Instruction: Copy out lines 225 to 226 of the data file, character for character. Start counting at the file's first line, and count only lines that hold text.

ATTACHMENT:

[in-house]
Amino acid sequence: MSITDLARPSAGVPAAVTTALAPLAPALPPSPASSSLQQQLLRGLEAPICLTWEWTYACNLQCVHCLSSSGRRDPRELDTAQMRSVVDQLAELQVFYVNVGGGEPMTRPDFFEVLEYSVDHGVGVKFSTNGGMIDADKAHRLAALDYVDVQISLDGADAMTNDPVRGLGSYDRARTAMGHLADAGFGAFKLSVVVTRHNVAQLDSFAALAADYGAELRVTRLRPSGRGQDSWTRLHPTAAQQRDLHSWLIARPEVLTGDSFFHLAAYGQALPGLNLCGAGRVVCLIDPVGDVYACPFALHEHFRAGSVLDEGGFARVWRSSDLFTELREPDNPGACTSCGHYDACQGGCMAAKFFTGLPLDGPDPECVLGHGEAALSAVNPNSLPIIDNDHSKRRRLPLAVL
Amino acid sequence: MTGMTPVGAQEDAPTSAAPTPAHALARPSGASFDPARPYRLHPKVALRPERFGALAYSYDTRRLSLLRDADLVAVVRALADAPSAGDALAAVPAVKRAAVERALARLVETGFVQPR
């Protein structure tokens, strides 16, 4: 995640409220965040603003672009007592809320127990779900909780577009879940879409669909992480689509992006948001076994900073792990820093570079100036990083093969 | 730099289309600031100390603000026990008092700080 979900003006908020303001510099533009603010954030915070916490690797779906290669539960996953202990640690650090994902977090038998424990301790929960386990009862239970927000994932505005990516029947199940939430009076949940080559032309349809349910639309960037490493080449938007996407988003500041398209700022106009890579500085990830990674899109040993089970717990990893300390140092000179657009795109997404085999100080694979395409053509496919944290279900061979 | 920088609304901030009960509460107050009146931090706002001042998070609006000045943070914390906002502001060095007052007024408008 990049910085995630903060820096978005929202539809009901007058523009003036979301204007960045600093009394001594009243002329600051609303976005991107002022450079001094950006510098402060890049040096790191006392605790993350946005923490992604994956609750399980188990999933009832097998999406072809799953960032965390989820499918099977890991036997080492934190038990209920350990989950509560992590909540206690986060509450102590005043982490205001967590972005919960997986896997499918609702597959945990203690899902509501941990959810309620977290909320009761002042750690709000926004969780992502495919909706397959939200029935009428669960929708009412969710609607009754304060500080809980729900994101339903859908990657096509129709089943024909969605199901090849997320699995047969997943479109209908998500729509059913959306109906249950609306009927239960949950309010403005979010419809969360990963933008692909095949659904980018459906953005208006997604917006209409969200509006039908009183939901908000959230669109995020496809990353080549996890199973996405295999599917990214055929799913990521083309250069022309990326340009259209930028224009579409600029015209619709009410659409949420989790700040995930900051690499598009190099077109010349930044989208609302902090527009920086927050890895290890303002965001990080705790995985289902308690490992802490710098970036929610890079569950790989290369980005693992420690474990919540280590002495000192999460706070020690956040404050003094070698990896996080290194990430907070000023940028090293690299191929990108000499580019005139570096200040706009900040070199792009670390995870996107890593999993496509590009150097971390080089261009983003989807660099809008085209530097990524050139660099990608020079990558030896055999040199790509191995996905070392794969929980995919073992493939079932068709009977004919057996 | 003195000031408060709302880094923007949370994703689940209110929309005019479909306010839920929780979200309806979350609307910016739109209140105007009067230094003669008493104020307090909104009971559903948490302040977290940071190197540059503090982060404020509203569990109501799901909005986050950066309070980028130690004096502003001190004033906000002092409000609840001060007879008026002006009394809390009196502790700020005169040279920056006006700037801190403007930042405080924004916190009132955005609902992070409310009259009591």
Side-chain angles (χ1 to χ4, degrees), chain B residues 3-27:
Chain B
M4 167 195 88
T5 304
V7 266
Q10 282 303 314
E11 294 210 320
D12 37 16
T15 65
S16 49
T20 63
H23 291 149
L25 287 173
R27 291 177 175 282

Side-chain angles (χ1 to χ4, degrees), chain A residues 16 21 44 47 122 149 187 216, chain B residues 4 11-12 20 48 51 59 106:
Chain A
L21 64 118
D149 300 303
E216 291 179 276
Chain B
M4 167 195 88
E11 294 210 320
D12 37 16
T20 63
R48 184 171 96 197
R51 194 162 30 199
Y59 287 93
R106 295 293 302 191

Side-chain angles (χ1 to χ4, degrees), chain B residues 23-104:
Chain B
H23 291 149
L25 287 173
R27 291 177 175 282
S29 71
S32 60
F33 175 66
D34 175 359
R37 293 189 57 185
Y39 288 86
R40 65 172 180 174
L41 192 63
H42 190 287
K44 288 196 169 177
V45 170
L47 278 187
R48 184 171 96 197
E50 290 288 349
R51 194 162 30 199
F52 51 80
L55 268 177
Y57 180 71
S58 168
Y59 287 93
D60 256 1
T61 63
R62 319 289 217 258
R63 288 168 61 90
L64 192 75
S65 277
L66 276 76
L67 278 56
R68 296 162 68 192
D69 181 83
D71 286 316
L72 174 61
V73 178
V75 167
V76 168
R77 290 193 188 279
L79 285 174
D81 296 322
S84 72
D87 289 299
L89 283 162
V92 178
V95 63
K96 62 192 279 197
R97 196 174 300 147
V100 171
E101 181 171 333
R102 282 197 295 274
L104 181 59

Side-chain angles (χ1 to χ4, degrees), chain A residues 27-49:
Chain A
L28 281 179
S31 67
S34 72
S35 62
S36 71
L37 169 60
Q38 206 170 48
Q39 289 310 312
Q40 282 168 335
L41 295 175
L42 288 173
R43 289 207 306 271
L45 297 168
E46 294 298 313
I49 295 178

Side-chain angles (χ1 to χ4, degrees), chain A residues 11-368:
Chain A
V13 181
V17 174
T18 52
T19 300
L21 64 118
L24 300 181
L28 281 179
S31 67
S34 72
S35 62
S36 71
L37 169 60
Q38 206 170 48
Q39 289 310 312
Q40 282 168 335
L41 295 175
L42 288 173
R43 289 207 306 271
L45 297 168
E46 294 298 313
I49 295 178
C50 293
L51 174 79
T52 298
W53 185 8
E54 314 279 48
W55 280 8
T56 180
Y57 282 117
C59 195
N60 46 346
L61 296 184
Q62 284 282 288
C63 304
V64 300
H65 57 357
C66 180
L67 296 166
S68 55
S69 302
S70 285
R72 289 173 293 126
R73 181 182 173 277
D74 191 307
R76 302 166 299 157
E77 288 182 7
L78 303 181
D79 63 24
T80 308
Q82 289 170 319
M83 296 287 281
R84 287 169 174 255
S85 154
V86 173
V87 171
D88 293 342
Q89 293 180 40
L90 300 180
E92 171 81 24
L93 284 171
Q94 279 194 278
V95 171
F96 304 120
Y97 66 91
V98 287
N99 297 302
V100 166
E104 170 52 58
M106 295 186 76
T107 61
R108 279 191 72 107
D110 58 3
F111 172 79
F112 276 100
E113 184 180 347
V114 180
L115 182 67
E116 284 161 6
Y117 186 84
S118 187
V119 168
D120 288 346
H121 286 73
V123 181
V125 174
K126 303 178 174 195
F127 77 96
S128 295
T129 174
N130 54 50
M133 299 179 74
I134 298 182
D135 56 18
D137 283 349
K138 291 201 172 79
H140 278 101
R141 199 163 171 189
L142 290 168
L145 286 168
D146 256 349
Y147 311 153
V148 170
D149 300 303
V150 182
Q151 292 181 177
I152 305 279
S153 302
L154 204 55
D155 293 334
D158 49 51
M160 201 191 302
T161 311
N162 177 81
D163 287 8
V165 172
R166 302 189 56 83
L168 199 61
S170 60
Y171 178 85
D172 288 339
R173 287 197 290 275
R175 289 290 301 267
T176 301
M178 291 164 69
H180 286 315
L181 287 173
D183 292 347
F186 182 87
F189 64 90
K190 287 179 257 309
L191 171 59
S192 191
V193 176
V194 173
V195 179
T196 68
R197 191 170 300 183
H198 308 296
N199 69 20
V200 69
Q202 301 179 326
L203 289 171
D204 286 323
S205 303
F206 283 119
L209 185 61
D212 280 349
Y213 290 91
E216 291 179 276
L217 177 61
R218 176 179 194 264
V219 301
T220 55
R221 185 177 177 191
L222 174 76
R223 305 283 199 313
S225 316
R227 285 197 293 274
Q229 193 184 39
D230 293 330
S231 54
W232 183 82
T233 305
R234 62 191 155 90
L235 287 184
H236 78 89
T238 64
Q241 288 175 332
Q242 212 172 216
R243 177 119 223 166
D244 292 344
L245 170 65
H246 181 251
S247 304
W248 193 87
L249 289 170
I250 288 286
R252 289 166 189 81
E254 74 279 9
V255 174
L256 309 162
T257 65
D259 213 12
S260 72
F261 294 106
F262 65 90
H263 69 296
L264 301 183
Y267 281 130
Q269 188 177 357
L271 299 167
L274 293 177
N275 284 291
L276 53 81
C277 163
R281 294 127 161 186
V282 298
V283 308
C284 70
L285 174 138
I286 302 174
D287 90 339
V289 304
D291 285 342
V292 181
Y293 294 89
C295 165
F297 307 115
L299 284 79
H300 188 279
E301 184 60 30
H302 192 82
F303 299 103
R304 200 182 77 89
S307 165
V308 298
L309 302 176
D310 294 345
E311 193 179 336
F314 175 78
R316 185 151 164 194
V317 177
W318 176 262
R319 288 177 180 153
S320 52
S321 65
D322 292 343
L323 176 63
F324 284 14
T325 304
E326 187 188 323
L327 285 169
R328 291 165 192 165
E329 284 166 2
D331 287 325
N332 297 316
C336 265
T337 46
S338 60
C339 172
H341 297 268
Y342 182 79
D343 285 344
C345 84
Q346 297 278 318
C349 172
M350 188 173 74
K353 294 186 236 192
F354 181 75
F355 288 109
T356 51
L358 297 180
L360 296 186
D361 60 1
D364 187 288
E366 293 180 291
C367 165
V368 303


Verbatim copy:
D172 288 339
R173 287 197 290 275